Local fundraiser aims to raise morale of Salvadoran flood victims
It's a quiet and snowy evening in northeast Calgary, but the tiny kitchen inside the Whitehorn Community Association Centre is bursting with activity.
Every available surface is occupied by food: giant vats of soup sit between bowls full of simmering vegetables, and endless stacks of tortilla-like pupusas, a traditional Salvadoran dish, can be seen in every corner.
Middle-aged women bump into one another as they attempt to maneuver their way through the cramped space, giving instructions in a mix of Spanish and English, and gradually raising their voices to be heard over the hiss of frying pans.
But the kitchen occupants are cheerful in spite of the chaotic atmosphere; they know their efforts are going towards a good cause.
The women volunteered as part of a Dec. 3 fundraiser organized by the Salvadorean Community Association, in order to raise money for victims of a flood that devastated El Salvador in the middle of October. The tiny Central America country was hammered by 152 cm of rain in a span of 10 days. The heavy rain triggered flooding that damaged infrastructure and killed 35 people.
"It's really difficult; it is desperate times in El Salvador and an event like this is meant to help raise the spirits," said Arnoldo Amaya, president of the Salvadorean Community Association.
"Economically it will not make a big difference, but it raises the morale of the people over there, it gives them some hope in this moment of desperation."
The event charged $5 per person at the door, and raised additional money by selling hand-made Salvadorean cuisine. People trickled in throughout the evening, and by 6:30 p.m. tables in the community hall were filled. Attendees sipped wine and listened to live music. In the end, $1,300 was raised.
The relief agency Oxfam reported that over 55,000 people have since been affected by the October floods, and a Nov. 19 article published by the organization said that while the emergency shelters have emptied, people have returned to communities that are in "dire condition."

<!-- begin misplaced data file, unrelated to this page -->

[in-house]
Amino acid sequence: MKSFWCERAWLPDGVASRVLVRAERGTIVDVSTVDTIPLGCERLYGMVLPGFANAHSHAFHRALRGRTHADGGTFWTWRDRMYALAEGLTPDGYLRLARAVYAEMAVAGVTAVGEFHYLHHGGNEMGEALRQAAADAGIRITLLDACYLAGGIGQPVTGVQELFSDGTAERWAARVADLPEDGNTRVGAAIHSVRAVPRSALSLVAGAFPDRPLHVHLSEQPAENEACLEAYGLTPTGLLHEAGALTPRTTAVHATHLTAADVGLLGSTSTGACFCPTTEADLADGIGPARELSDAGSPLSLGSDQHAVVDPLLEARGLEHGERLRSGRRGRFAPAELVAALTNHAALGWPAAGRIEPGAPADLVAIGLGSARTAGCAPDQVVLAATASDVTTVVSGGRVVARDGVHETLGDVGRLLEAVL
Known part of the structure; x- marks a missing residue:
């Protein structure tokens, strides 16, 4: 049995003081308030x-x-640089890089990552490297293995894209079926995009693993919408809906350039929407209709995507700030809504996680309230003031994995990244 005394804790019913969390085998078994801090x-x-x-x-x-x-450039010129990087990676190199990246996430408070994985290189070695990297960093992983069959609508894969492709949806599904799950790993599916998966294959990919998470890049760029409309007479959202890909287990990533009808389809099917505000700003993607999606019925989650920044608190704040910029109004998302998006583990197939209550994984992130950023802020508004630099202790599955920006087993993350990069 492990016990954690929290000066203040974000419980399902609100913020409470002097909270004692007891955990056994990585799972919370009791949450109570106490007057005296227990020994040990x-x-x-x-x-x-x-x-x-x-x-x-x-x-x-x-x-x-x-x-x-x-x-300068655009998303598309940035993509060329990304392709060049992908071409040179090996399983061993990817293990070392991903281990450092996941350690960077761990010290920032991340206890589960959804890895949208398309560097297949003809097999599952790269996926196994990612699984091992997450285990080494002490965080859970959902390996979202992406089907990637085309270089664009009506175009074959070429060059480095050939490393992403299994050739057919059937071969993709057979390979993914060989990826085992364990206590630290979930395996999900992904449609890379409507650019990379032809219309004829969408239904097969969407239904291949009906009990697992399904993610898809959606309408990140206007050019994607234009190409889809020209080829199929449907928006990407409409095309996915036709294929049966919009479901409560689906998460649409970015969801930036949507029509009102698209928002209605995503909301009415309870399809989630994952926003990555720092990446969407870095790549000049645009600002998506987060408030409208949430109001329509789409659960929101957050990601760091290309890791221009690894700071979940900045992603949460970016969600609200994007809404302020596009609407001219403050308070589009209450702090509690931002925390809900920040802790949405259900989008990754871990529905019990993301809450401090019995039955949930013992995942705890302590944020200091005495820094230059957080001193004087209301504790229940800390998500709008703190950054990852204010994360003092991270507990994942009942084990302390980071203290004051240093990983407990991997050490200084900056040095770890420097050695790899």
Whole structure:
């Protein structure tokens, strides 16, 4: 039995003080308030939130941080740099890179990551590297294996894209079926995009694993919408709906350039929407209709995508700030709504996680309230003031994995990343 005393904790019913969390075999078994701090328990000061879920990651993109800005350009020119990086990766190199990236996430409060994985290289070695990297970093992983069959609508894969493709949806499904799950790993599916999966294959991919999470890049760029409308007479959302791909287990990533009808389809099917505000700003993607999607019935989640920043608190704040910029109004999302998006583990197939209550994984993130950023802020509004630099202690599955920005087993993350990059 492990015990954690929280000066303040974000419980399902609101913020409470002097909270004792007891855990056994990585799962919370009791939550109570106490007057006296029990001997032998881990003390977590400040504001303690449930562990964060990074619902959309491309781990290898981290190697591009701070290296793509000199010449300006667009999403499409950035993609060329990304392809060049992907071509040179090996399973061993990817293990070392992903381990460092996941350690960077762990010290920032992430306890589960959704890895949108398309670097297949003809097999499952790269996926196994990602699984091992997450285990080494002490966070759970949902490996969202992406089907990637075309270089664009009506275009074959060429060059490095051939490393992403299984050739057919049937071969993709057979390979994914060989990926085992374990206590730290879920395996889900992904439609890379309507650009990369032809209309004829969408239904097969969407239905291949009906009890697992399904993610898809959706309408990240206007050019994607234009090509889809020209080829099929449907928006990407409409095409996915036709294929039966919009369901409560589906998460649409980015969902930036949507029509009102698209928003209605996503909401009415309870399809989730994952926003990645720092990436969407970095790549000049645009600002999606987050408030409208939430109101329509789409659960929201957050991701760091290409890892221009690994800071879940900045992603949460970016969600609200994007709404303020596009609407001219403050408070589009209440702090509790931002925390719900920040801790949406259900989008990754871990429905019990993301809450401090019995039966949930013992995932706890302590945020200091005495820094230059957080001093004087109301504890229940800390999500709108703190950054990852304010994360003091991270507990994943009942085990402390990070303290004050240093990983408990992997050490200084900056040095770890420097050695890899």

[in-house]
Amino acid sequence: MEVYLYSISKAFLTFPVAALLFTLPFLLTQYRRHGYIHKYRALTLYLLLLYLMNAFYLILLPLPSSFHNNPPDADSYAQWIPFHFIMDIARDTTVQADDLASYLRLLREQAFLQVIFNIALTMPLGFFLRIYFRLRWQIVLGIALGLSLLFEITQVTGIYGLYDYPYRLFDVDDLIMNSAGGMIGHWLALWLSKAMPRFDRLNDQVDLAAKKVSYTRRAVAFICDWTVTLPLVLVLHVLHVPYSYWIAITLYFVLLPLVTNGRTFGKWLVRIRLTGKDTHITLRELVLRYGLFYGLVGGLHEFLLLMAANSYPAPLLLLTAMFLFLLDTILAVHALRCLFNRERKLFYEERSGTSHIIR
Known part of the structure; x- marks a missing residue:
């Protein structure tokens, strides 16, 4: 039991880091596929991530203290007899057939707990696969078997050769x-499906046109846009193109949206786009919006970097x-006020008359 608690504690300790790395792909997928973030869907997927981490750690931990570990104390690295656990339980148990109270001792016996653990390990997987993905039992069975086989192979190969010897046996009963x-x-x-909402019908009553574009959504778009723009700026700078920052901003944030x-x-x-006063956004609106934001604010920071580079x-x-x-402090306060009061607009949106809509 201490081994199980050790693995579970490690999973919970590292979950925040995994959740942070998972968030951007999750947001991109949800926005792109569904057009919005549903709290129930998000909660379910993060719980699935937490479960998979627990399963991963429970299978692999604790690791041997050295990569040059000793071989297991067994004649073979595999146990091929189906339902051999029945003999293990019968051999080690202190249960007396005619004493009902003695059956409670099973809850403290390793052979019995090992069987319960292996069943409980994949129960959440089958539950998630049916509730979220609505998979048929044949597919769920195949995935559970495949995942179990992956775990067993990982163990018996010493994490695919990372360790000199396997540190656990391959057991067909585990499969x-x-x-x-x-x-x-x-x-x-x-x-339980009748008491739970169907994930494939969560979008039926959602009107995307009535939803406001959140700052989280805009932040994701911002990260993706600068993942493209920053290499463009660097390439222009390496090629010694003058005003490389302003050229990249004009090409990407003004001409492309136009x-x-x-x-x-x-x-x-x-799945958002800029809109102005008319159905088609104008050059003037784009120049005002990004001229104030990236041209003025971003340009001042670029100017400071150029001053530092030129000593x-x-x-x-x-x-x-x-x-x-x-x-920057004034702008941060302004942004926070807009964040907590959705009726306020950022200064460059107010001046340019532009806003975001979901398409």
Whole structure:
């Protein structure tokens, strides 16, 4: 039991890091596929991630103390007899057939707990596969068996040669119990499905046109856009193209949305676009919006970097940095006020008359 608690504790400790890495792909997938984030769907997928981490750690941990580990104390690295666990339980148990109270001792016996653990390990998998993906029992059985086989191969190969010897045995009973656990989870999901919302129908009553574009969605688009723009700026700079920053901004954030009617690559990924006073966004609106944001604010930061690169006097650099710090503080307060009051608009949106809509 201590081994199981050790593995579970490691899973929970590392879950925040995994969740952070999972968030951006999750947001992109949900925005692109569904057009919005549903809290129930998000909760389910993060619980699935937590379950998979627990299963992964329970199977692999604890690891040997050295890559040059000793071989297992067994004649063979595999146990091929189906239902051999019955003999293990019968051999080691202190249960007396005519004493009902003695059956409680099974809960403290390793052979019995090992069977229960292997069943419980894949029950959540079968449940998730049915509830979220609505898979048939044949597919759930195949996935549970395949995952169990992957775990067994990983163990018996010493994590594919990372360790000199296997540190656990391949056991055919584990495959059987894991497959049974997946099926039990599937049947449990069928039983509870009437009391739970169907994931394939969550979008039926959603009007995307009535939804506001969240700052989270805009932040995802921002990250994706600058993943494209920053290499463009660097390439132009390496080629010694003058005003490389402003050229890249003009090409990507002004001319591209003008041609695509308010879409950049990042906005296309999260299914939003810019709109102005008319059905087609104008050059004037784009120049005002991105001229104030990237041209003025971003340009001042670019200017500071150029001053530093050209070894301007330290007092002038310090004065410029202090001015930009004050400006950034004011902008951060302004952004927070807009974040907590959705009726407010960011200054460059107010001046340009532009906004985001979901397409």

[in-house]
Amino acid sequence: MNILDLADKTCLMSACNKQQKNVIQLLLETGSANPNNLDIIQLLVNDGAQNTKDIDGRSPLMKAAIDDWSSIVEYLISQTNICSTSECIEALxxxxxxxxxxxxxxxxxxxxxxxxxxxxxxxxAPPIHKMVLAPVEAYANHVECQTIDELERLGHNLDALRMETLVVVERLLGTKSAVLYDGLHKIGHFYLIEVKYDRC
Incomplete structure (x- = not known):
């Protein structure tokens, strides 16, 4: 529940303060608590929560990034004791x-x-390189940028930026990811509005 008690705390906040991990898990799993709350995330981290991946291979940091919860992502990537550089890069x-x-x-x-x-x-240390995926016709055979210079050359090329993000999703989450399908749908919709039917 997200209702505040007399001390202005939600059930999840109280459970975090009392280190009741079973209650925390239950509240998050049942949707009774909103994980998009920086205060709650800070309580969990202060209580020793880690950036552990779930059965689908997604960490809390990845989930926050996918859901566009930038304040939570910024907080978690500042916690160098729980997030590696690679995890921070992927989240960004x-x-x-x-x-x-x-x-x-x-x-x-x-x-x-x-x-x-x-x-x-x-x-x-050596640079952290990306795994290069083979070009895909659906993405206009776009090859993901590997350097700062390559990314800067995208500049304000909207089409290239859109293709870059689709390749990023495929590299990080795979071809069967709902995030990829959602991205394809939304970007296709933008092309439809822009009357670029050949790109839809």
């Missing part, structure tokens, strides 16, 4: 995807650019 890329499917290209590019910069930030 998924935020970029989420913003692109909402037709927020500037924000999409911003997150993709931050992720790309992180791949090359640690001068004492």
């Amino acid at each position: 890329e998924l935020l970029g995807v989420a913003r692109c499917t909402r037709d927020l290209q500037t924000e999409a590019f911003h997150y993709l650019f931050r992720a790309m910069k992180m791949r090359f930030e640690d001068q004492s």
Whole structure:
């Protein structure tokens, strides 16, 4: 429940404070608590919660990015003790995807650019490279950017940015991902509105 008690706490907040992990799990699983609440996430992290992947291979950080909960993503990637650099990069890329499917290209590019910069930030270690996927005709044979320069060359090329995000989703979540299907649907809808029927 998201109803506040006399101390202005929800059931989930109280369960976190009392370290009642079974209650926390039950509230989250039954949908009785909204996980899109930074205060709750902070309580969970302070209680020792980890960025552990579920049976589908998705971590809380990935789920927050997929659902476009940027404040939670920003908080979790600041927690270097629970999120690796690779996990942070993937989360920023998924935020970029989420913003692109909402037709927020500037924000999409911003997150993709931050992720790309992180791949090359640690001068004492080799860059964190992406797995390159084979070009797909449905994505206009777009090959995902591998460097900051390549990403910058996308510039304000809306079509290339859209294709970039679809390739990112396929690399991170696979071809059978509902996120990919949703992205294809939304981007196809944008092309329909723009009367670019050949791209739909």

It is these struggling communities that the fundraiser aims to support, said Salvadorean Community Association member Heydi Panameno.
"The most basic needs that they have right now are for tarps to cover up their huts and their little houses," she said. "I'm talking about the lower class people that are suffering the most."
Panameno, a Salvadoran-Canadian, said the association plans to donate the funds they raise to the community of Bajo Lempa in the city of San Vicente, where Panameno said many residents were living in "huts made of cardboard" even prior to flooding. She said the money raised will be donated directly to the municipality, and decisions regarding how to best utilize the funds will be left up to local government bodies in the community.
Panameno said she believes the fundraising event was valuable for the impact it will have on flood victims, and also for its impact on Salvadorans and Canadians here at home.
"It builds unity," said Panameno of the event. "It's amazing that people would even be willing to step out of their comfort zone, because a lot of people here that I see are not Salvadoran, which is amazing to me."
She is referring to people like Judi Keal, who has no direct ties to El Salvador or the community association, but attended the event.
"[This event is] bringing different cultures and people together; I think it's great," said Keal.
As for Amaya, the community association president said the fundraiser's main objective was to show human solidarity with the people of El Salvador.
"I was a young man when I came here," said Amaya, "but I haven't forgotten my roots.
"I want a better future for the people of El Salvador. In my opinion every human being has the right to a decent life, and if we can help a little bit in that way, let's do it."